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Inflation Persistence and the Phillips Curve Revisited

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  • Marika Karanassou

    () (Queen Mary, University of London and IZA)

  • Dennis J. Snower

    () (Institute for World Economics, CEPR and IZA)

Abstract

A major criticism against staggered nominal contracts is that they give rise to the so called "persistency puzzle" - although they generate price inertia, they cannot account for the stylised fact of inflation persistence. It is thus commonly asserted that, in the context of the new Phillips curve (NPC), inflation is a jump variable. We argue that this "persistency puzzle" is highly misleading, relying on the exogeneity of the forcing variable (e.g. output gap, marginal costs, unemployment rate) and the assumption of a zero discount rate. We show that when the discount rate is positive in a general equilibrium setting (in which real variables not only affect inflation, but are also influenced by it), standard wage-price staggering models can generate both substantial inflation persistence and a nonzero inflation-unemployment tradeoff in the long-run. This is due to frictional growth, a phenomenon that captures the interplay of nominal staggering and permanent monetary changes. We also show that the cumulative amount of inflation undershooting is associated with a downward-sloping NPC in the long-run.

Suggested Citation

  • Marika Karanassou & Dennis J. Snower, 2007. "Inflation Persistence and the Phillips Curve Revisited," Working Papers 586, Queen Mary University of London, School of Economics and Finance.
  • Handle: RePEc:qmw:qmwecw:wp586
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    References listed on IDEAS

    as
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    Citations

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    Cited by:

    1. Marika Karanassou & Hector Sala & Dennis J. Snower, 2008. "The Evolution Of Inflation And Unemployment: Explaining The Roaring Nineties," Australian Economic Papers, Wiley Blackwell, vol. 47(4), pages 334-354, December.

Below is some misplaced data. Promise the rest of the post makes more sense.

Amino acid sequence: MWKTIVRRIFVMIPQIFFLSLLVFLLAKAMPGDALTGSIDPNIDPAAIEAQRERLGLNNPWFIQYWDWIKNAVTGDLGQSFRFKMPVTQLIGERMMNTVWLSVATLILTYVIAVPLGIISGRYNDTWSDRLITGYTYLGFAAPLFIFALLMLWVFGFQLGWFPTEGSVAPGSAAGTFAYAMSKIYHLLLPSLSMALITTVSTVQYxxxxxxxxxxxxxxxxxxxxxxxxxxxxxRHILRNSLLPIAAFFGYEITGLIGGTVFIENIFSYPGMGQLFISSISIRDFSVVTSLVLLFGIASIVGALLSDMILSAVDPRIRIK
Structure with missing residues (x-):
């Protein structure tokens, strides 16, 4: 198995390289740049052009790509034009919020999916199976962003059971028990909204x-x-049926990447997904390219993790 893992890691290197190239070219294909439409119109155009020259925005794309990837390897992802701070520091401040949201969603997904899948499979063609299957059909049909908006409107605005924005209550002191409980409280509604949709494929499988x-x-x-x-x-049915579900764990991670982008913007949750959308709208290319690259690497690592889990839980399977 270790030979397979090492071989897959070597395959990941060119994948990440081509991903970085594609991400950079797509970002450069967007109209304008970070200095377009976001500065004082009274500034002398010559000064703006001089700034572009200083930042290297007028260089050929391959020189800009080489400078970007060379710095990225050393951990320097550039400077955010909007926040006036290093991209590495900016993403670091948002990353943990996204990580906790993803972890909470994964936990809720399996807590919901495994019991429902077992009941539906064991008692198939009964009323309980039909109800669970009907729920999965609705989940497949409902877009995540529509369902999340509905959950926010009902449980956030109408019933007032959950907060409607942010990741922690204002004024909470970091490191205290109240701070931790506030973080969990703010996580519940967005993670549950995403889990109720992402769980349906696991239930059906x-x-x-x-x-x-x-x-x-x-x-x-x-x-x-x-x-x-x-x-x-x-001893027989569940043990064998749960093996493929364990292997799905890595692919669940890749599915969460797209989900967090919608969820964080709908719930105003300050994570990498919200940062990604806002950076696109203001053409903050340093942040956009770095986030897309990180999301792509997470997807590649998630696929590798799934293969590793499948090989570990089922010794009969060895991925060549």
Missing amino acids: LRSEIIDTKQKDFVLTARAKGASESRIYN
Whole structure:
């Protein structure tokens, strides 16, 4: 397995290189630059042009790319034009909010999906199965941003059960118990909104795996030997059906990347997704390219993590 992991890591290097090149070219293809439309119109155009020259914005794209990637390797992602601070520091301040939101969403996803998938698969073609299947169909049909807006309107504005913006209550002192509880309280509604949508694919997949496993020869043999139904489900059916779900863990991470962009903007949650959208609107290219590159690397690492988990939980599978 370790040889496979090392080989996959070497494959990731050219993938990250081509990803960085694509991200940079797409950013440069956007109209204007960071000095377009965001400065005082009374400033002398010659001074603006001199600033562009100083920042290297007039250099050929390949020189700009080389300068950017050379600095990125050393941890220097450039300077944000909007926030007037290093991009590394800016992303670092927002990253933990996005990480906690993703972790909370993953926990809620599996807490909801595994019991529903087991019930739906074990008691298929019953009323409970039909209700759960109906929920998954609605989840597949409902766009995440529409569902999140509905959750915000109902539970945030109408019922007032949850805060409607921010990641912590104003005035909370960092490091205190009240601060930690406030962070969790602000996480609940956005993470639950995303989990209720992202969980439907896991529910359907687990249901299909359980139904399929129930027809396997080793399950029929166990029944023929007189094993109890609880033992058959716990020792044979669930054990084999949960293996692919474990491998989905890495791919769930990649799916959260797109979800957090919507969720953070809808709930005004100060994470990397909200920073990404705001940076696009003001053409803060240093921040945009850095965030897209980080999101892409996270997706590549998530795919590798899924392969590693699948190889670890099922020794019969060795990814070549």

2. Knell, Markus & Stiglbauer, Alfred, 2009. "The impact of reference norms on inflation persistence when wages are staggered," Working Paper Series 1047, European Central Bank.
    3. Marika Karanassou & Hector Sala, 2012. "Productivity Growth And The Phillips Curve: A Reassessment Of The Us Experience," Bulletin of Economic Research, Wiley Blackwell, vol. 64(3), pages 344-366, July.
    4. Agénor, Pierre-Richard & Bayraktar, Nihal, 2010. "Contracting models of the Phillips curve empirical estimates for middle-income countries," Journal of Macroeconomics, Elsevier, vol. 32(2), pages 555-570, June.
    5. Bentolila, Samuel & Dolado, Juan J. & Jimeno, Juan F., 2008. "Does immigration affect the Phillips curve? Some evidence for Spain," European Economic Review, Elsevier, vol. 52(8), pages 1398-1423, November.
    6. Adolfo Sachsida & Marcio Ribeiro & Claudio Hamilton dos Santos, 2009. "A Curva de Phillips e a Experiência Brasileira," Discussion Papers 1429, Instituto de Pesquisa Econômica Aplicada - IPEA.
    7. Andrew Phiri, 2012. "Threshold effects and inflation persistence in South Africa," Journal of Financial Economic Policy, Emerald Group Publishing, vol. 4(3), pages 247-269, July.
    8. Bentolila, Samuel & Dolado, Juan J. & Jimeno, Juan F., 2008. "Does immigration affect the Phillips curve? Some evidence for Spain," European Economic Review, Elsevier, vol. 52(8), pages 1398-1423, November.

    More about this item

    Keywords

    Inflation dynamics; Persistence; Wage-price staggering; New Phillips curve; Monetary policy; Frictional growth;

    JEL classification:

    • E31 - Macroeconomics and Monetary Economics - - Prices, Business Fluctuations, and Cycles - - - Price Level; Inflation; Deflation
    • E32 - Macroeconomics and Monetary Economics - - Prices, Business Fluctuations, and Cycles - - - Business Fluctuations; Cycles
    • E42 - Macroeconomics and Monetary Economics - - Money and Interest Rates - - - Monetary Sytsems; Standards; Regimes; Government and the Monetary System
    • E63 - Macroeconomics and Monetary Economics - - Macroeconomic Policy, Macroeconomic Aspects of Public Finance, and General Outlook - - - Comparative or Joint Analysis of Fiscal and Monetary Policy; Stabilization; Treasury Policy

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